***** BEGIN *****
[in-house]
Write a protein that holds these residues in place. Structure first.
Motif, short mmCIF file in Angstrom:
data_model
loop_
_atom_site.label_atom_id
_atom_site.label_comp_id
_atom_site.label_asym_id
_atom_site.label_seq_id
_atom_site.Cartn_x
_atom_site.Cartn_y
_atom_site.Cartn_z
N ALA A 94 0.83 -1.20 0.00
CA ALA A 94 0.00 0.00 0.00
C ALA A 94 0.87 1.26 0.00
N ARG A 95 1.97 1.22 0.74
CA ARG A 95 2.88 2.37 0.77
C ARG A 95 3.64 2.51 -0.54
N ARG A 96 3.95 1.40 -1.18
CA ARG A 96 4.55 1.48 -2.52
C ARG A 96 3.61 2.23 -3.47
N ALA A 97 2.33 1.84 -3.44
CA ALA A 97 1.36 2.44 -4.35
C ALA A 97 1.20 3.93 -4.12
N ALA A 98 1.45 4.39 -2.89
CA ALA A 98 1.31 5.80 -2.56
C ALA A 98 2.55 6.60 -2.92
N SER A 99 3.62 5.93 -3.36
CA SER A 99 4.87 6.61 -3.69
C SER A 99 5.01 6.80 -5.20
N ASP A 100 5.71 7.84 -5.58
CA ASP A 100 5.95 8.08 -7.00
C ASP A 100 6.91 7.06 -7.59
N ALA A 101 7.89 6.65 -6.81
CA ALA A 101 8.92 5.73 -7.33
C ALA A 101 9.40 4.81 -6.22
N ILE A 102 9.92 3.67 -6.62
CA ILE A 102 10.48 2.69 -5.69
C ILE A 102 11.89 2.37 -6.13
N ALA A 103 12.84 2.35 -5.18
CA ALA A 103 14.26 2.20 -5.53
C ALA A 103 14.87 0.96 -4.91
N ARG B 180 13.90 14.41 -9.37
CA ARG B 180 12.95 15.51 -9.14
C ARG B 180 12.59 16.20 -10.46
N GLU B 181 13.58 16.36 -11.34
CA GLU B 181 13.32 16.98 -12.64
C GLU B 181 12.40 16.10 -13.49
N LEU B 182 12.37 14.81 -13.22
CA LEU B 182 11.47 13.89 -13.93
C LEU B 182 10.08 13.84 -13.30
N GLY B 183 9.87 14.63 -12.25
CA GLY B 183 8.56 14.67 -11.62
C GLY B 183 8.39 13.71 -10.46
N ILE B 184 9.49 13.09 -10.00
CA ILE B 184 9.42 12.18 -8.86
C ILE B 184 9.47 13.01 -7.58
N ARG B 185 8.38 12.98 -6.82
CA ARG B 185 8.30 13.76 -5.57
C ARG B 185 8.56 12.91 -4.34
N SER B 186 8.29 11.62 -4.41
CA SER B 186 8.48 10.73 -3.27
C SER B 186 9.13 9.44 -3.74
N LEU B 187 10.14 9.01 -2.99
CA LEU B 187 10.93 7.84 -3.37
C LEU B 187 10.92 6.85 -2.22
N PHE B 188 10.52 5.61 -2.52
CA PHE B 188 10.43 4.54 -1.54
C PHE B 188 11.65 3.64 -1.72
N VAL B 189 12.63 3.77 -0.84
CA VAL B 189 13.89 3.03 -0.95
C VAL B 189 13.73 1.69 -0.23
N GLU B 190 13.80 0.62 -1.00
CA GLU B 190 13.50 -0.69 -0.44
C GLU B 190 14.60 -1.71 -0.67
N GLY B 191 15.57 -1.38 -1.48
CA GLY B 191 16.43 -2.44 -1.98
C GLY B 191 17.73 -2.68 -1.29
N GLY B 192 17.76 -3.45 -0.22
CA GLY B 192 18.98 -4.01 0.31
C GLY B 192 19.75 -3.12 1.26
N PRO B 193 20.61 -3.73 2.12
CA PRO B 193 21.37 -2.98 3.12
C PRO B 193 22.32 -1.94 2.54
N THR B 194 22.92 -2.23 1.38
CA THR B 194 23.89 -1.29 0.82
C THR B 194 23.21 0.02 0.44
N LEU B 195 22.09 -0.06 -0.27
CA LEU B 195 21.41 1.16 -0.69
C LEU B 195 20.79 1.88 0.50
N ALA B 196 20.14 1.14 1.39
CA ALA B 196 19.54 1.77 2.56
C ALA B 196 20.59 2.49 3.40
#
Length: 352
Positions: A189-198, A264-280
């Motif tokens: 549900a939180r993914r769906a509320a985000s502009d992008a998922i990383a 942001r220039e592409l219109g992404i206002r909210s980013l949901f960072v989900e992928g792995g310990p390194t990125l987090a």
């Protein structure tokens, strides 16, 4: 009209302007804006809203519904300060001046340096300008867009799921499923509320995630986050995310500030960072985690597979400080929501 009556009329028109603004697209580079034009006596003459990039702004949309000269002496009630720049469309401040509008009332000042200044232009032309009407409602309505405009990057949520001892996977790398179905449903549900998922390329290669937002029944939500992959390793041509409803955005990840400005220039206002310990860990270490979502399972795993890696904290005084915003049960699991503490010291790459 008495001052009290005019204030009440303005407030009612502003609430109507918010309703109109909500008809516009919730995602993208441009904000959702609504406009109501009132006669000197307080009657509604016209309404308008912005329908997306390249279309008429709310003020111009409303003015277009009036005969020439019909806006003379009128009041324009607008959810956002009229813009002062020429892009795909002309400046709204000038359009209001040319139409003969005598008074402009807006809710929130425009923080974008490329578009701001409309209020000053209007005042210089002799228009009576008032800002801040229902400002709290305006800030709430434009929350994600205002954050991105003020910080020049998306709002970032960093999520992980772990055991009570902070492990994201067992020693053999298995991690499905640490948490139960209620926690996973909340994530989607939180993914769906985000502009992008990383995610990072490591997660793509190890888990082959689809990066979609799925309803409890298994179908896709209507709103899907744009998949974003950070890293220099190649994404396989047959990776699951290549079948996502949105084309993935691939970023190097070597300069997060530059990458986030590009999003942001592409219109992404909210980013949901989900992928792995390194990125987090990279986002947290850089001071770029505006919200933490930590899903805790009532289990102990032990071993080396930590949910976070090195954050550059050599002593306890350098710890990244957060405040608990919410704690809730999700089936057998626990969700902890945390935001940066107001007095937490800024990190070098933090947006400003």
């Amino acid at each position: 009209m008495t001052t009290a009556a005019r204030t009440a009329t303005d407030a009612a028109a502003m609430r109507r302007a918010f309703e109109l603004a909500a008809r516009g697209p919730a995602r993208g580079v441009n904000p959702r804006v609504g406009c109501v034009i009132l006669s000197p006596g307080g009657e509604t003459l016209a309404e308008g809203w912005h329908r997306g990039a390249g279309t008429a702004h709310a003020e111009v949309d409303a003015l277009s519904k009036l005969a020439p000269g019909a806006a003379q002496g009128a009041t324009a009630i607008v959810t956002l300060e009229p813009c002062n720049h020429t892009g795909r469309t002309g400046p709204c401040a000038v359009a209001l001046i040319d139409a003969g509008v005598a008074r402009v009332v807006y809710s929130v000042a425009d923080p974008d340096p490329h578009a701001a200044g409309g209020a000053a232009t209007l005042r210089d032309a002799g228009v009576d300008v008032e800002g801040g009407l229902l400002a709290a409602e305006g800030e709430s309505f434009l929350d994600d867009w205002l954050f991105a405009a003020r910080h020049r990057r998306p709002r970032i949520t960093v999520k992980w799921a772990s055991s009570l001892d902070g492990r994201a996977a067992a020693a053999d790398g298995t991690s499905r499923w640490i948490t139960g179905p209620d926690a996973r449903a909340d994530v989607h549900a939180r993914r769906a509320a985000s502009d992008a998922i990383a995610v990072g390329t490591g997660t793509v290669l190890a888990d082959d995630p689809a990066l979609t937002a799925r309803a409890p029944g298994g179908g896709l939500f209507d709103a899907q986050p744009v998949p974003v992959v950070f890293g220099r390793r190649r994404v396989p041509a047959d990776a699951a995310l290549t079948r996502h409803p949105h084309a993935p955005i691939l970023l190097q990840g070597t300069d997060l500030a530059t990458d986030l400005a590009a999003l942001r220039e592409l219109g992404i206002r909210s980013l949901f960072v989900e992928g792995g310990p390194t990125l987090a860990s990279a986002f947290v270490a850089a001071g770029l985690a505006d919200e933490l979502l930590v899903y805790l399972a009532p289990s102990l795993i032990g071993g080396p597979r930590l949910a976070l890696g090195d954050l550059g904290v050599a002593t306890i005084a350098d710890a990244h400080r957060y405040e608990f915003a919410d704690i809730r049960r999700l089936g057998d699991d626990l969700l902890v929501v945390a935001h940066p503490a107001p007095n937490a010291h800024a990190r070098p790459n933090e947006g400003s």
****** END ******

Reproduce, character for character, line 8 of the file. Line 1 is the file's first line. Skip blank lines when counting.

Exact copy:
_atom_site.label_asym_id